This meta-analysis indicates that anti-EGFR agents should not replace cisplatin or be added to CRT in patients with LA-HNSCC. However, there might be some patients who benefit from EGFR inhibitors in the treatment of LA-HNSCC [22–24]. Recently Lattanzio et al. reported that elevated basal antibody-dependent cell-mediated cytotoxicity (ADCC) and high EGFR expression predicted favorable outcome in patients with LA-HNSCC treated with cetuximab and RT . To date, however, no definitive biomarkers have been identified to predict the efficacy of EGFR inhibitors in patients with LA-HNSCC. EGFR and human papillomavirus (HPV) are biomarkers that have been most extensively studied in HNSCCs. While EGFR overexpression has correlated with disease progression in HNSCC [5, 6, 25], EGFR expression status did not predicts clinical outcomes in the RTOG 0522 trial of concurrent accelerated RT plus cisplatin with or without cetuximab . Prospective studies have reported that patients with HPV-positive metastatic HNSCC tended to benefit from the addition of anti-EGFR agents to chemotherapy [23, 24]. In the subgroup analysis of the current study, however, p16 status seemed to have no significant impact on the survival outcomes of adding an anti-EGFR agent to RT or CRT. Upcoming results of the RTOG 1016 trial involving HPV-positive patients may provide useful information for this debate. Because of the heterogeneity in tumor sites and genetic aberrations of HNSCC, however, the identification of biomarkers that would guide anti-EGFR therapy may be challenging.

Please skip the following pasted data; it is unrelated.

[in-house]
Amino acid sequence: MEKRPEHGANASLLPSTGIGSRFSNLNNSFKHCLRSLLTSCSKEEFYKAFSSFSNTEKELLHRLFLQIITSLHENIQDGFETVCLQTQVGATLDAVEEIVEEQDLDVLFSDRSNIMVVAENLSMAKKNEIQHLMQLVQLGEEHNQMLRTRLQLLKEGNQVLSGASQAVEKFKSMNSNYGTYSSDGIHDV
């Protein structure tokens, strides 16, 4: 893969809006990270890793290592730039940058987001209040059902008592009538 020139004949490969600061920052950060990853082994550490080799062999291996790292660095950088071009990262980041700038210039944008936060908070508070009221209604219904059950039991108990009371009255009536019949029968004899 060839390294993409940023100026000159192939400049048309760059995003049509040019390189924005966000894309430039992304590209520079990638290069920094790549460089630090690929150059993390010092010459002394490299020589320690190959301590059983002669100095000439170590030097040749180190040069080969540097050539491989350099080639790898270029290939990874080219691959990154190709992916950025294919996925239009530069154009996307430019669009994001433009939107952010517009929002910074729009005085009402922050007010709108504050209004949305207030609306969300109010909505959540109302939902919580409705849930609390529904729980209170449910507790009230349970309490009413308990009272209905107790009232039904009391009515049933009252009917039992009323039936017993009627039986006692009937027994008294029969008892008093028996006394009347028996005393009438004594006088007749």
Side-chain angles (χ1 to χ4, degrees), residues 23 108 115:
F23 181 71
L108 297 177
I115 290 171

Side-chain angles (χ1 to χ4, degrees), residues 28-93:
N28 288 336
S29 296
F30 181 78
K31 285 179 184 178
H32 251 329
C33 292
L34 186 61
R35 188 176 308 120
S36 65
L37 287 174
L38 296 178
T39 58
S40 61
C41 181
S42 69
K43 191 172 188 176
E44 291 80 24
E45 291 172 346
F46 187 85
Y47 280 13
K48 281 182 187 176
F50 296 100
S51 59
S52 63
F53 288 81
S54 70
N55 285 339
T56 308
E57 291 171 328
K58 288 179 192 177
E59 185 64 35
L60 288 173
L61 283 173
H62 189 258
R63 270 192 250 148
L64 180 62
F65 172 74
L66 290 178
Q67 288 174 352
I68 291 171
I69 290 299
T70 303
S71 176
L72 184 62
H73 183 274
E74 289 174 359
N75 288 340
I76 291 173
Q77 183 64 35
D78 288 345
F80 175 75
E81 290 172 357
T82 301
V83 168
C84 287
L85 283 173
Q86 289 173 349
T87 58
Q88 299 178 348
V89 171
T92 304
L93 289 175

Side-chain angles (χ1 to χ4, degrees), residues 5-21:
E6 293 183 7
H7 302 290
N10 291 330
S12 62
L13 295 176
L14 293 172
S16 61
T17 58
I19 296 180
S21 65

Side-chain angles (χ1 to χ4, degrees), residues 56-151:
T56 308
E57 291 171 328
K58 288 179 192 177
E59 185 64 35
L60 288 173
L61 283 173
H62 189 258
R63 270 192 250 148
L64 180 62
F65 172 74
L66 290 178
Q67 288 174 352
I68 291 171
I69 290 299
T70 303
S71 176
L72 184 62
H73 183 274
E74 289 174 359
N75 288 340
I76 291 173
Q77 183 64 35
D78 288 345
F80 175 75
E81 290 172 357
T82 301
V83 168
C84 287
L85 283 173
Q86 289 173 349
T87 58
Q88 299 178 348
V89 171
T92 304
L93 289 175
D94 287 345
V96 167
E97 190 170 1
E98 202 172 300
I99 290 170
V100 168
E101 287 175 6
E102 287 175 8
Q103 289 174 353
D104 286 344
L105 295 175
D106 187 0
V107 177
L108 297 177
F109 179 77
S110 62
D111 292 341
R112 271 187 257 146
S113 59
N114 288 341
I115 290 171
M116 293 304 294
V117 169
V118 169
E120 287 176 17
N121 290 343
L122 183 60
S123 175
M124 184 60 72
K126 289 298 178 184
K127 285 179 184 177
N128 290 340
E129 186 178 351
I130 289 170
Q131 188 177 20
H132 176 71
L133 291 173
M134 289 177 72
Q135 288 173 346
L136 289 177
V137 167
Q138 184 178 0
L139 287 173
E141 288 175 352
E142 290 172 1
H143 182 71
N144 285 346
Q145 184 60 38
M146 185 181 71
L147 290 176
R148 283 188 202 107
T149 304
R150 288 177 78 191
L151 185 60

Our study has several inherent limitations. First, this meta-analysis included a small number of studies. Second, there was a significant heterogeneity across the studies especially in the subgroup analyses. Third, patients had tumors located at various primary sites of the head and neck. Fourth, the studies adopted different treatment modalities and used various anti-EGFR agents. Fifth, different RT techniques among studies may have influenced treatment outcomes. Finally, this study included only papers published in English, which might have biased the results.
In conclusion, this meta-analysis demonstrates that the addition of an anti-EGFR agent to conventional RT or CRT do not improve clinical outcomes compared with CRT in patients with LA-HNSCC. These results indicate that anti-EGFR agents should not replace cisplatin or be added to CRT routinely in patients with LA-HNSCC. Except for patients with coexisting medical conditions or decreased performance status, concurrent CRT should remain the standard of care for patients with LA-HNSCC.
MATERIALS AND METHODS
PubMed, MEDLINE, EMBASE, and the Cochrane Library databases (up to June 2017) were searched for articles with the following terms in their titles, abstracts, or keyword lists: “epidermal growth factor receptor inhibitor or EGFR inhibitor,” and “cetuximab or panitumumab or nimotuzumab or erlotinib or zalutumumab,” and “head and neck cancer or head and neck neoplasm.” All eligible studies were retrieved and their bibliographies were checked for other relevant publications.